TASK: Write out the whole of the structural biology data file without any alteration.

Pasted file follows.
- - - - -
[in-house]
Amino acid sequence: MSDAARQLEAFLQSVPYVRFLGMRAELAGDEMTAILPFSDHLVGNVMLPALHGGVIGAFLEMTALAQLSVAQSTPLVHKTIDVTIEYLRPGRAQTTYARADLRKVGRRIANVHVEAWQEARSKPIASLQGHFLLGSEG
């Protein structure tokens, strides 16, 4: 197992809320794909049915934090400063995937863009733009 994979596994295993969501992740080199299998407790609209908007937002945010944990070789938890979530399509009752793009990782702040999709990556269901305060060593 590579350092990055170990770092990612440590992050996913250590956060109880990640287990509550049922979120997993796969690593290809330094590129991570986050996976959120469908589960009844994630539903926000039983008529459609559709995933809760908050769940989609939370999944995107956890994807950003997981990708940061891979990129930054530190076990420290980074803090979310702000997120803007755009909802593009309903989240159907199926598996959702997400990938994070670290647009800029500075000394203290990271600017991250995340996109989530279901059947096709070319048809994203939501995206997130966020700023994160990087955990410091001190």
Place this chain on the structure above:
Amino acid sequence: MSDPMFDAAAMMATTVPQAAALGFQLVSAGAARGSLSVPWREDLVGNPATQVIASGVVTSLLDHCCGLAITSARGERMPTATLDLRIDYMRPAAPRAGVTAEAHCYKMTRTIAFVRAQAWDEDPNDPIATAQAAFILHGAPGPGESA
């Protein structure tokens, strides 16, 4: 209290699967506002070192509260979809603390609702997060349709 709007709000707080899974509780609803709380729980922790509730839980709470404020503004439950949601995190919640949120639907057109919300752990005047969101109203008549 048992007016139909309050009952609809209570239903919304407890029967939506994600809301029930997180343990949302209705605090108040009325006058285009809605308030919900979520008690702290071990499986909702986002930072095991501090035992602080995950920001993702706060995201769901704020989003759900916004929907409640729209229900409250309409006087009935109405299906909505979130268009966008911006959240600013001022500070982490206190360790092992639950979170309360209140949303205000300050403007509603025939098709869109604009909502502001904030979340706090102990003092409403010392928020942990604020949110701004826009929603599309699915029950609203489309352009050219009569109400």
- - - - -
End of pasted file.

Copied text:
[in-house]
Amino acid sequence: MSDAARQLEAFLQSVPYVRFLGMRAELAGDEMTAILPFSDHLVGNVMLPALHGGVIGAFLEMTALAQLSVAQSTPLVHKTIDVTIEYLRPGRAQTTYARADLRKVGRRIANVHVEAWQEARSKPIASLQGHFLLGSEG
């Protein structure tokens, strides 16, 4: 197992809320794909049915934090400063995937863009733009 994979596994295993969501992740080199299998407790609209908007937002945010944990070789938890979530399509009752793009990782702040999709990556269901305060060593 590579350092990055170990770092990612440590992050996913250590956060109880990640287990509550049922979120997993796969690593290809330094590129991570986050996976959120469908589960009844994630539903926000039983008529459609559709995933809760908050769940989609939370999944995107956890994807950003997981990708940061891979990129930054530190076990420290980074803090979310702000997120803007755009909802593009309903989240159907199926598996959702997400990938994070670290647009800029500075000394203290990271600017991250995340996109989530279901059947096709070319048809994203939501995206997130966020700023994160990087955990410091001190």
Place this chain on the structure above:
Amino acid sequence: MSDPMFDAAAMMATTVPQAAALGFQLVSAGAARGSLSVPWREDLVGNPATQVIASGVVTSLLDHCCGLAITSARGERMPTATLDLRIDYMRPAAPRAGVTAEAHCYKMTRTIAFVRAQAWDEDPNDPIATAQAAFILHGAPGPGESA
């Protein structure tokens, strides 16, 4: 209290699967506002070192509260979809603390609702997060349709 709007709000707080899974509780609803709380729980922790509730839980709470404020503004439950949601995190919640949120639907057109919300752990005047969101109203008549 048992007016139909309050009952609809209570239903919304407890029967939506994600809301029930997180343990949302209705605090108040009325006058285009809605308030919900979520008690702290071990499986909702986002930072095991501090035992602080995950920001993702706060995201769901704020989003759900916004929907409640729209229900409250309409006087009935109405299906909505979130268009966008911006959240600013001022500070982490206190360790092992639950979170309360209140949303205000300050403007509603025939098709869109604009909502502001904030979340706090102990003092409403010392928020942990604020949110701004826009929603599309699915029950609203489309352009050219009569109400």